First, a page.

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Jack stretched out, leaning on his elbows as he stared out over the waves. He appreciated the invitation to the day before Christmas get together at the beach but something was missing. He'd been restless for months now, bordering on snappish. Hugh and Dot had tried to step in to fill the void but they were newlyweds, and he hadn't wanted to intrude on too much of their time.
Police work went on as it did in cities the size of Melbourne but the missing element was a certain lady detective to infuriate him, to challenge him to be better, to steal his heart even before it had been free to give to her. Now that it was, she was gone back home to England.
In his nightmares, he saw Phryne soaring away with her father in that little plane. It crashed. It disappeared never to be heard of again. It returned empty, piloted by ghosts. It was absurd. He knew full well Phryne had made it to England and deposited her feckless father where he belonged. She was spending time with her mother at the moment, and he felt like a cad for being jealous of the time she spent there.
Jack reckoned that part of it was there was always a new reason she hadn't returned to Australia. She was weeks overdue, and he had begun to wonder if she would ever be back. He knew he wasn't alone in this. Dot worried, and he didn't blame her. She had had a taste of Phryne’s unconventional, exciting life and was in no hurry to enter the relatively tame world of being a housewife. Even Mac seemed to miss her friend now more than she had in beginning, now that Phryne was so overdue.
He'd been grateful when Mac had invited him and the Collinses to the beach for a picnic. The hamper of food still awaited them. For the moment, they were all content to lounge under the big beach umbrella, hiding from the afternoon sun, which was particularly hot today. He had only had a cold Christmas in the war, and oddly he found he missed it. At least he - and Hugh who apparently had purchased the exact same swim suit - no longer had to deal with wool swim gear in this heat. The new Jersey materials were fantastic. Dot, predictably, wore a more modest swim dress in navy as did Mac, though hers was a buttery yellow. Her friend, Angelique a former dancer turned dance instructor, sat next to Mac in a pretty pink suit. Jack suspected they were lovers but decided it was none of his business. It might have bothered him once but he was a changed man, yet again. The war had made him worse but Phryne had made him better.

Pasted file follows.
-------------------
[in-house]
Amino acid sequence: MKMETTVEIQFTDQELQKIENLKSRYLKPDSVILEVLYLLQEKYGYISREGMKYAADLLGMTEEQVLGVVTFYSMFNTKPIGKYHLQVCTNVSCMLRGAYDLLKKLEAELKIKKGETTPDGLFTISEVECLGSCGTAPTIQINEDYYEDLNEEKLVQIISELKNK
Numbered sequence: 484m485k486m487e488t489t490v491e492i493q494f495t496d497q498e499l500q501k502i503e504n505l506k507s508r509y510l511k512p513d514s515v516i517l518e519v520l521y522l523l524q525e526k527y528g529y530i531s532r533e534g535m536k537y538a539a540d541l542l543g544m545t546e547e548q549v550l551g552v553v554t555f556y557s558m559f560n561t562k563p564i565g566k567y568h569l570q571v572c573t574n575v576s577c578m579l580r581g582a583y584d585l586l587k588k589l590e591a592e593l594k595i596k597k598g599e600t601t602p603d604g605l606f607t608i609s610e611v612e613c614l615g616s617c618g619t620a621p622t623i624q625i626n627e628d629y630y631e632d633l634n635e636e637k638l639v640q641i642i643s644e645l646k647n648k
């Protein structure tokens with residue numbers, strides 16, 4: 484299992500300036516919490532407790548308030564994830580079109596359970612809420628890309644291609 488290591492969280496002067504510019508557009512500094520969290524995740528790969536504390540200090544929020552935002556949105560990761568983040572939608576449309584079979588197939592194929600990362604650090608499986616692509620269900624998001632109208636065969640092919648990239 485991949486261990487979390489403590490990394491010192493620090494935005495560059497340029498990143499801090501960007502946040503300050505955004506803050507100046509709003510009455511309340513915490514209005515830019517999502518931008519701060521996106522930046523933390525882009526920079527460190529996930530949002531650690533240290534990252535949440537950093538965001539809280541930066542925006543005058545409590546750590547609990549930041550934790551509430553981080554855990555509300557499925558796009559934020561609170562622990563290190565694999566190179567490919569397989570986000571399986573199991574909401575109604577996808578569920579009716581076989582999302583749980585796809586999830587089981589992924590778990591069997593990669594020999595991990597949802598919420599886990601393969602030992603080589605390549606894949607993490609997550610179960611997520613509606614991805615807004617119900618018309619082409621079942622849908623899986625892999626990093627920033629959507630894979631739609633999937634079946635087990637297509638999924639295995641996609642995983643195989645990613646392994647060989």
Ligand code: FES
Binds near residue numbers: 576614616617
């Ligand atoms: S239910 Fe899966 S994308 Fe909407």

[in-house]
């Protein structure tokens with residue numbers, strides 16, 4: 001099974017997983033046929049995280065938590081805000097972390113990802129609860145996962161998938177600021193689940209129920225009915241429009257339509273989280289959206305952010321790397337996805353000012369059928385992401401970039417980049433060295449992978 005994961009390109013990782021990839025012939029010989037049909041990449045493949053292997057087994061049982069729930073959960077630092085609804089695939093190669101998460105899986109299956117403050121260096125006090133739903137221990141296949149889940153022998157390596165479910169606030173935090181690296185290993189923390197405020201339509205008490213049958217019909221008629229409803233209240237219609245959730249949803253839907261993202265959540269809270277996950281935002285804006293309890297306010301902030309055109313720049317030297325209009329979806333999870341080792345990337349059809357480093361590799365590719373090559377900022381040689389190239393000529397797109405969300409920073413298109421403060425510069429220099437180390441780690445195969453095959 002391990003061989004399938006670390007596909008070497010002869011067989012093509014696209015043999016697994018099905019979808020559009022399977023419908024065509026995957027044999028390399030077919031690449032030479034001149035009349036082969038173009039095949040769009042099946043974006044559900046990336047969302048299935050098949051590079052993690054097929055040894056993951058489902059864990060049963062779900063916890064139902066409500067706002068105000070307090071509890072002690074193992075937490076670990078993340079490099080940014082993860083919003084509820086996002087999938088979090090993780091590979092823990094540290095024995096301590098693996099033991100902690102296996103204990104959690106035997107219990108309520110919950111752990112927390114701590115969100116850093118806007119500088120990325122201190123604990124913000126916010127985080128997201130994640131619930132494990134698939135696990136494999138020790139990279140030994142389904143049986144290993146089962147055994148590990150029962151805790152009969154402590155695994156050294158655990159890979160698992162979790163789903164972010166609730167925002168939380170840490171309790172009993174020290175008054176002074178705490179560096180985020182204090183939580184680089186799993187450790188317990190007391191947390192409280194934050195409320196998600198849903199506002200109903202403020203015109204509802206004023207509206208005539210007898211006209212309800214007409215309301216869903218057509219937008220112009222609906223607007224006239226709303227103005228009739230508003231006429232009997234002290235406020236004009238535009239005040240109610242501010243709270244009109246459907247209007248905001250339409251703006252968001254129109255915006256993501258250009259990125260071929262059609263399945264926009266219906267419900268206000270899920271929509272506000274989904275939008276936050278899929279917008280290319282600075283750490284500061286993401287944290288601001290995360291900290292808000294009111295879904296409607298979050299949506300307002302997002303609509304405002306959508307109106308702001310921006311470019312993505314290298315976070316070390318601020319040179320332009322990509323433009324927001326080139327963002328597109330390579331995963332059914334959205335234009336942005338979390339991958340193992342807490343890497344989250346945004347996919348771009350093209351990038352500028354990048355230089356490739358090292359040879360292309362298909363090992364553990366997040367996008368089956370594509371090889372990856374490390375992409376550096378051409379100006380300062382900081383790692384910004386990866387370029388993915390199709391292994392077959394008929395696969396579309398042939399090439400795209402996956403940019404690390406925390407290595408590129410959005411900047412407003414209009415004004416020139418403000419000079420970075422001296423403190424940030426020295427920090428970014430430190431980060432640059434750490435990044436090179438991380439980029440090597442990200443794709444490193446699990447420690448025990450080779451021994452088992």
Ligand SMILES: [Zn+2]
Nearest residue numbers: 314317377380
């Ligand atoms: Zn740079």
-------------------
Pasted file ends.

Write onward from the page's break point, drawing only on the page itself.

"Doesn’t this look cozy?"
The amused voice almost propelled him to his feet like a schoolboy seeing his gifts under the tree. He peeked around the edge of the umbrella and looked way up her long legs. No modest swim dress for Phryne Fisher. She wore a kicky number in purple with gold trim, elegant but flashy just like her.
He grinned, happy he hadn't made a complete fool of himself because he truly wanted to leap to his feet and sweep her up in his arms. "Miss Fisher! Now this is a surprise." Jack realized Mac had set him up. Phryne couldn't have just appeared out of nowhere on this beach but he couldn't care less about the deception. Judging by the way Dot scrambled to her feet to cling to Phryne, Jack assumed Mac hadn't let her in on it either.
"Did you fly yourself all the way back?" Dot was babbling. "I can't believe you could stand that devilish plane."
"Oh, it's a thrill, Dot," Phryne said, detaching herself from her friend and assistant. "You're looking well. Marriage agrees with you."
"Very much so, Miss Fisher." Dot said, collecting herself.
Jack calmly got to his feet, his beach shoes filling with sand as he stepped off the towel. "You look well, Miss Fisher."
She smiled, beautiful, so beautiful. "And you as well, Jack." The smile turned coy. She kicked some sand his way. "Race you to the shoreline."
She took off, her purple beach boots flying. Jack threw propriety to the winds and chased her, ignoring the sand grinding against his skin. Phryne beelined to the surf, and then ran along it far enough that they would be out of easy eyesight of their friends before stopping.
Her chest heaved as she tried to catch her breath. "I missed you so much, Jack."
"I was beginning to think you weren't coming home," he said. "I missed you every day."
"Mother needed help," she said in way of apology. "But I'm back where I belong now." Phryne caught hold of his swim shirt, drawing him closer.
"I'm glad you are," he said, his voice a bare whisper.
Phryne smiled, wrapping an arm around his shoulder and kissed him. The months she had been gone fell away and all there was was this moment. It was the best Christmas gift he could have asked for.